How Enville have led the way in women’s golf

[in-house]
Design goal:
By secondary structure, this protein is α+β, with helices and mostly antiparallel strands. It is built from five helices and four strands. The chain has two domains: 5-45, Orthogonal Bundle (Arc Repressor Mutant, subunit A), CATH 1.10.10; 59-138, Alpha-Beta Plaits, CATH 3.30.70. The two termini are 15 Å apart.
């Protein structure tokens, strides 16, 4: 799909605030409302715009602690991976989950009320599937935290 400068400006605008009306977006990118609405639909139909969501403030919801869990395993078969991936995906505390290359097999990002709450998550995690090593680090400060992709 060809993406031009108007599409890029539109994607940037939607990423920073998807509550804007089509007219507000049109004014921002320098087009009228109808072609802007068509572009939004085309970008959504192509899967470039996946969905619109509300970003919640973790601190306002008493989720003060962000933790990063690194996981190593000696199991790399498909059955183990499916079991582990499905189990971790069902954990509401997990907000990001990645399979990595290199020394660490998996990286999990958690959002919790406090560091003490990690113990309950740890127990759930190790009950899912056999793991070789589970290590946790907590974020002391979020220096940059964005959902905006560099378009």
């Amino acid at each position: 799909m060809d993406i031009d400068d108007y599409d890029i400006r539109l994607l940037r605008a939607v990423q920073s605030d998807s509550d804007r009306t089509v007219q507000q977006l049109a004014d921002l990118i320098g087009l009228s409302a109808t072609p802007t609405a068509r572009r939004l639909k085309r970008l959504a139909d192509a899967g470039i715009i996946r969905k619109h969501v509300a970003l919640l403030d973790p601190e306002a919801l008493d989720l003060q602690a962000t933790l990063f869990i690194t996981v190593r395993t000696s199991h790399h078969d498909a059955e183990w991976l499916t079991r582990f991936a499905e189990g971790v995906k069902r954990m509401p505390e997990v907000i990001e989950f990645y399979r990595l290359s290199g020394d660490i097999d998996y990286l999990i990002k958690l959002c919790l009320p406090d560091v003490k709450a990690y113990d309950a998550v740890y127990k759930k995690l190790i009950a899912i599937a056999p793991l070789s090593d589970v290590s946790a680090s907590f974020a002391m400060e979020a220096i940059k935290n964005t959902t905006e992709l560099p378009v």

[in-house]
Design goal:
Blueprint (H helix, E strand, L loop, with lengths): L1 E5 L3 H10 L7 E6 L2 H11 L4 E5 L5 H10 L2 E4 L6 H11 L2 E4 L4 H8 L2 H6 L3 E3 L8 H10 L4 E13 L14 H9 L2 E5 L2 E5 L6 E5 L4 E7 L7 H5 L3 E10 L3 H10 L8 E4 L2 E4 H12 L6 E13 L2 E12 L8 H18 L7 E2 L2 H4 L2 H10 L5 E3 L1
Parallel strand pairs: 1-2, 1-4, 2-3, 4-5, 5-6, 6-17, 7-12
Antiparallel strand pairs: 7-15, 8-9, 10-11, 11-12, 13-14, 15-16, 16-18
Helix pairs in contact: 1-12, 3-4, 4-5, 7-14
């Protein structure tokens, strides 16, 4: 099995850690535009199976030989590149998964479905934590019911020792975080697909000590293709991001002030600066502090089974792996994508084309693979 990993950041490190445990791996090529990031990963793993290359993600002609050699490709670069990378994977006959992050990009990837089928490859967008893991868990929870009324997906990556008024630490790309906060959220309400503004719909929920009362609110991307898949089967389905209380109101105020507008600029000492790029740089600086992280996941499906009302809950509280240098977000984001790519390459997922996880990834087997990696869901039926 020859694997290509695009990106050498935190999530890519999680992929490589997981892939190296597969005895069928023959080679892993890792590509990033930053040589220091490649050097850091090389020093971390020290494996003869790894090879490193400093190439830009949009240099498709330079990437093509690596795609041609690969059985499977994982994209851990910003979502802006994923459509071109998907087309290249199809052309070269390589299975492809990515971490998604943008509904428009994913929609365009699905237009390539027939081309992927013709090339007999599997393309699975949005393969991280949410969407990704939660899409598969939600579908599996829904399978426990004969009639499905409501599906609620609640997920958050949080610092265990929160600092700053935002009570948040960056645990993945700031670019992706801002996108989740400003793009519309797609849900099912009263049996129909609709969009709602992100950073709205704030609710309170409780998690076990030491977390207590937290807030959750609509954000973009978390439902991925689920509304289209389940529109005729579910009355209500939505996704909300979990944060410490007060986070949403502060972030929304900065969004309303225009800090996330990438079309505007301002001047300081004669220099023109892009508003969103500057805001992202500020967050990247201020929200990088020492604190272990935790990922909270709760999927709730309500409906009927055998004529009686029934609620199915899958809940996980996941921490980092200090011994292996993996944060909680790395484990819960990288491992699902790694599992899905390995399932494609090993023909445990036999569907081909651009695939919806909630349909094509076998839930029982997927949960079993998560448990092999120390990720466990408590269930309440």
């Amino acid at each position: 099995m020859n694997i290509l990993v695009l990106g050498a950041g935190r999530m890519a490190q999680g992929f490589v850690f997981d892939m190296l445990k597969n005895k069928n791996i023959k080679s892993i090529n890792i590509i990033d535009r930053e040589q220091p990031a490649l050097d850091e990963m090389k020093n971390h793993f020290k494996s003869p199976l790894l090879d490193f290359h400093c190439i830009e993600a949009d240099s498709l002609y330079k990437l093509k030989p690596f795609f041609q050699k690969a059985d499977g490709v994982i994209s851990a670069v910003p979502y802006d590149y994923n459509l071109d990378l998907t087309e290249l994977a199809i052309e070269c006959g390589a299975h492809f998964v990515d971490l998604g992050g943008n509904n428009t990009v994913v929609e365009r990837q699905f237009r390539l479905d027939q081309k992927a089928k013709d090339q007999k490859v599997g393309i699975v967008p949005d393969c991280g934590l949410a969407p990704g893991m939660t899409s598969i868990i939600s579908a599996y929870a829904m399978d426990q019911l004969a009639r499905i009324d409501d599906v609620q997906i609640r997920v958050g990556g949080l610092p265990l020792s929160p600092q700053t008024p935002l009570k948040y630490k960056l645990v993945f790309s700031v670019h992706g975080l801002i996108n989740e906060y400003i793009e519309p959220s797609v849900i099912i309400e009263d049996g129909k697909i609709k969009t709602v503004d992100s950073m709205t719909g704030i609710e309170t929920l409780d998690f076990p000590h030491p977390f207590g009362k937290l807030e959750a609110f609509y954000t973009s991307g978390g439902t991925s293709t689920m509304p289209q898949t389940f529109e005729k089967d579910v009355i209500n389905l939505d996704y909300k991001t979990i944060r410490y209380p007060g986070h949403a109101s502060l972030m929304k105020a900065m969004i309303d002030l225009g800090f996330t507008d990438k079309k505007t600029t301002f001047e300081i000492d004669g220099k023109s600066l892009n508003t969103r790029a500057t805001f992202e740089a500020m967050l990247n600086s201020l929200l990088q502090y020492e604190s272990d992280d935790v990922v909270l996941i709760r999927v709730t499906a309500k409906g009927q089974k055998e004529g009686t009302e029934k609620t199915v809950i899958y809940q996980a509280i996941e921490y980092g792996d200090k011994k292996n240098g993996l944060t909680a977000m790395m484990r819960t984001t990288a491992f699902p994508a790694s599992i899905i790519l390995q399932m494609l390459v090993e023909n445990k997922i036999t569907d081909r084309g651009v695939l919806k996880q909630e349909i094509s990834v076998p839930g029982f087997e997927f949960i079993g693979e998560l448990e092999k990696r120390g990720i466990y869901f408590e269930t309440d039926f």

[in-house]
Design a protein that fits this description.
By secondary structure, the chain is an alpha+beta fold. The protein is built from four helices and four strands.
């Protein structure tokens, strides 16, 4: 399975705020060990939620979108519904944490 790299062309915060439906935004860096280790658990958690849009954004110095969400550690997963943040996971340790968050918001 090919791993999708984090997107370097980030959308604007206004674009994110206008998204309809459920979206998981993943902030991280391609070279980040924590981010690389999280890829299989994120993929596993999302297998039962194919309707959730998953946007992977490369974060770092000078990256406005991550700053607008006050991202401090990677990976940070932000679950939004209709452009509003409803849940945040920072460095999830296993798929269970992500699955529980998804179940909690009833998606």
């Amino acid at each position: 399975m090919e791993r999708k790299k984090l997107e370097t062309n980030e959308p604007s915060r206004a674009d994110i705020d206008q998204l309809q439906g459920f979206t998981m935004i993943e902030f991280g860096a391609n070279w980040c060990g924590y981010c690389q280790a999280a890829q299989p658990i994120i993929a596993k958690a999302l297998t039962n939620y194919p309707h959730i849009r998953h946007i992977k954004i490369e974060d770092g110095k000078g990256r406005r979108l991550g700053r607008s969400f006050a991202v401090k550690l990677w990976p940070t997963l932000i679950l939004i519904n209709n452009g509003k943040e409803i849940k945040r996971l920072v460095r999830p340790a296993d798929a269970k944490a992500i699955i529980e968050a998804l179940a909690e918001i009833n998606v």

The number of women and girls playing golf has soared as a result of the pandemic. Heather Mulley, general manager at Enville and GCMA Manager of the Year, explains how the sport can capitalise on this opportunity... The certificate has pride of place on the wall – alongside press cuttings, photos and a letter from the R&A’s chief executive Martin Slumbers. No one was more surprised than Heather Mulley when she was named GCMA Manager of the Year back in November 2019, and there’s a big smile that still beams at the mere mention of that achievement.  It seems a long time ago that the Enville general manager’s image shone through the video screen and the memories of her father – and his strong links to the Staffordshire club – left few dry eyes in the room at De Vere Cotswold Water Park. Heather had been thrilled to be nominated, astonished to be shortlisted, and so convinced the prize would go elsewhere she didn’t reschedule a holiday to Dubai. Then she won, and a two-year ambassadorship, a traditional path for the victor at the Golf Club Management Awards, awaited. “It confirmed to me that I was capable of doing anything,” she remembers. “And to win the award was just amazing. “It made a huge difference to me and I worked really hard for it.” What is it they say about best laid plans? The world is now very different following a pandemic that has marked all of us in some way. Covid forced everyone in golf to turn inwards, focusing firstly on health and then on getting clubs through the crisis. But as we start to come out of the other end of a near 18-month challenge it’s worth remembering why Heather won the award and the opportunity that the work she is doing presents other clubs. Because the participation boom which stunned an industry after the first lockdown threw up a hugely encouraging element. Following years of struggling to get women and girls to embrace the game as a collective, figures showed that 25% of female golfers in 2020 were new to the sport – and tried it for the first time because of the pandemic. Enville were ahead of their time. One of the first signatories to the R&A’s Women in Golf Charter (hence the letter from Slumbers on the wall), the club had become well known for staging high-profile tournaments for women and girls. The English Women’s Senior, along with the R&A Girls’ British Open Amateur Championship, will be followed this October by the first of a three-year stint as the host of the R&A’s Girls’ U16 Amateur. Girls Golf Rocks has always been successful at Enville, as have taster schemes and various other participation drives.  So there are few better than Heather to talk about how to capitalise on the opportunity coronavirus has presented. “We’re running our latest academy and we’re keeping up those initiatives,” she says. “It’s about plugging away.  “We [recently] converted our academy...
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